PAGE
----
Researchers found that a person’s popularity with women (or with men) depends on their genotype. To be liked by the opposite sex a person should possess the genotype that corresponds with traits common for their gender.
Traditional social roles dictate that men should be leaders and women are valued for their gentleness. People who carry genes that are linked to personality traits typical for the opposite gender, are less popular in dating. For example, a woman who carries the gene of social leadership is less liked by males, scientists found.
The speed dating experiment uncovers real social dynamics
The author of the research Karen Wu from the University of California designed a speed dating experiment, where people were rating others’ attractiveness. The scientists were interested how a person’s genotype influences his or her dating success, Science Daily reports.
More than 260 Asian Americans participated in the experiment, which took form of a speed dating with 3-minute sessions.
After a 3-minute interaction, participants needed to indicate whether they wanted to invite this candidate for another date. Respondents also provided their notes on how they viewed their potential prospects for a relationship with this individual.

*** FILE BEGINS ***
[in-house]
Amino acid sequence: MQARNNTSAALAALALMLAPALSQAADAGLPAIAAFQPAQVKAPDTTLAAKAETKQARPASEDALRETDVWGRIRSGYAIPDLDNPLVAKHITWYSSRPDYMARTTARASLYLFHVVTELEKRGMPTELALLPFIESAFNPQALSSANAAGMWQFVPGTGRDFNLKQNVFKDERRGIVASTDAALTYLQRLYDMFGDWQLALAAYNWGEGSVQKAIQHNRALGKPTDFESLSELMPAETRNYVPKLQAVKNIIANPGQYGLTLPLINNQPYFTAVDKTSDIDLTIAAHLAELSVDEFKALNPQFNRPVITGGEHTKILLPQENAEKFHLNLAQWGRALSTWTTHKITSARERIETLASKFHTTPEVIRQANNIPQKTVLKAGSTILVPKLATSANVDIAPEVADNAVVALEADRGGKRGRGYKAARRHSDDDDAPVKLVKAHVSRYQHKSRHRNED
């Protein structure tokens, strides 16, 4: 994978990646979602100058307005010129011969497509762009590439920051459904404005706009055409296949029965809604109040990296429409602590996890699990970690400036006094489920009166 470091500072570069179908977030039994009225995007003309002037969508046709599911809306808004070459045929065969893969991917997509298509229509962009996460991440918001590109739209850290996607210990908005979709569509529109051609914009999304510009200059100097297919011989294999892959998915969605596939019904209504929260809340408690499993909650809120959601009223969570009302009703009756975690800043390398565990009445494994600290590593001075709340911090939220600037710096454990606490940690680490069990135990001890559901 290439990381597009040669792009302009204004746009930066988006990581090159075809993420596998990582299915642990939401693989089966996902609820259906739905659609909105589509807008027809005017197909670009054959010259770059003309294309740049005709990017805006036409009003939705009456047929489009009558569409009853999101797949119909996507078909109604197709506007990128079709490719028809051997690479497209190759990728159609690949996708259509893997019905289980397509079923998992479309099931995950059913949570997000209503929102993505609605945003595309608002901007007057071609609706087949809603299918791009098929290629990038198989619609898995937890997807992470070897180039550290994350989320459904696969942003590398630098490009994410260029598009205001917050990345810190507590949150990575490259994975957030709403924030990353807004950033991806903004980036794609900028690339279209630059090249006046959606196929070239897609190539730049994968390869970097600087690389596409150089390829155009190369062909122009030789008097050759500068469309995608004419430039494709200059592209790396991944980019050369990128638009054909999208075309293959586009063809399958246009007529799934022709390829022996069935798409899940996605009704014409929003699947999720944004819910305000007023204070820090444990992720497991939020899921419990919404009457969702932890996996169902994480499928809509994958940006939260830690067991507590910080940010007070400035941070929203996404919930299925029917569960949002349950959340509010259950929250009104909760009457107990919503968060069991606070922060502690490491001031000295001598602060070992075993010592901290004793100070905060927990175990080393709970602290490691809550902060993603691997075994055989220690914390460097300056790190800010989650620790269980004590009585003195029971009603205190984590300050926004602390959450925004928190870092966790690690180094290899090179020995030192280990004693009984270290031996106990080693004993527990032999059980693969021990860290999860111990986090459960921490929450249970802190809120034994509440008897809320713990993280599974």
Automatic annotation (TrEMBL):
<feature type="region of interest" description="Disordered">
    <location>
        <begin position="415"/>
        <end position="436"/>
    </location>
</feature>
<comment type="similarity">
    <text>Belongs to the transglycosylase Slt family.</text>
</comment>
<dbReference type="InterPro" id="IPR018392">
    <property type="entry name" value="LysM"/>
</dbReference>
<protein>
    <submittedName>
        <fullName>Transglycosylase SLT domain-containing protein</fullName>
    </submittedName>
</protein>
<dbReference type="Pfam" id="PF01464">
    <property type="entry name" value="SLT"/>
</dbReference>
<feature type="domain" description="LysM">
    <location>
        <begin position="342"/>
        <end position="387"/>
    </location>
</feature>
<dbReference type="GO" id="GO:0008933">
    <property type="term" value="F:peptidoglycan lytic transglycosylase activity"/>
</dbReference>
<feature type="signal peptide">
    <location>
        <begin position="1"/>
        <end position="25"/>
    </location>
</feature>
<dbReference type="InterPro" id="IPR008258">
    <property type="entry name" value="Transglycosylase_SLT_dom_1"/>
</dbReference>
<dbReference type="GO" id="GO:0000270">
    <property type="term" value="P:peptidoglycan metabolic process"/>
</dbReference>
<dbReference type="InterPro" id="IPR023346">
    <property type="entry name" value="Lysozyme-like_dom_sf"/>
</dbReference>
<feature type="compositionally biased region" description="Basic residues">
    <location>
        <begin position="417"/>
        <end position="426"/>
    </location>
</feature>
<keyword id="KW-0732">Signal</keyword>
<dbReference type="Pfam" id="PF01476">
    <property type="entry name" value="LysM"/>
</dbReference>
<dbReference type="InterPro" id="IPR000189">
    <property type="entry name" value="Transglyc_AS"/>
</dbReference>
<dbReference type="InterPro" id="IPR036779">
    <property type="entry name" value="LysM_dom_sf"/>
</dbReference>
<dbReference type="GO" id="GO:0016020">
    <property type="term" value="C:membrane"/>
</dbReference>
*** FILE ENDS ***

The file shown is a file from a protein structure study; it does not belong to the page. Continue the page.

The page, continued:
The social genes
The scientists performed DNA tests of samples from all the participants. They were primarily focused on 2 genes (-1438 A / G and A118G) as these genes determine social dynamics of how people behave in relationships.
-1438 A / G gene is responsible for such human qualities as leadership and the ability to get along with people. Vice versa, A118G gene makes people sensitive and able to sympathize.
- Experts have found that men with -1438 A / G gene enjoyed greater success among women and received more invitations for the second date.
- The same goes for women with the A118G gene. Such participants were chosen as desired partners more often.
- Women with “male” genes were not so popular, as well as men with a “female” genotype.
The research findings show that people can unconsciously determine a person’s genotype through quite short social communications. The affinity between a person’s genotype and his gender contributes significantly to his or her popularity and dating success.
Karen Wu states that her study can be applied to different types of social situations such as job interviews.
The findings could be different for another ethnicity, however.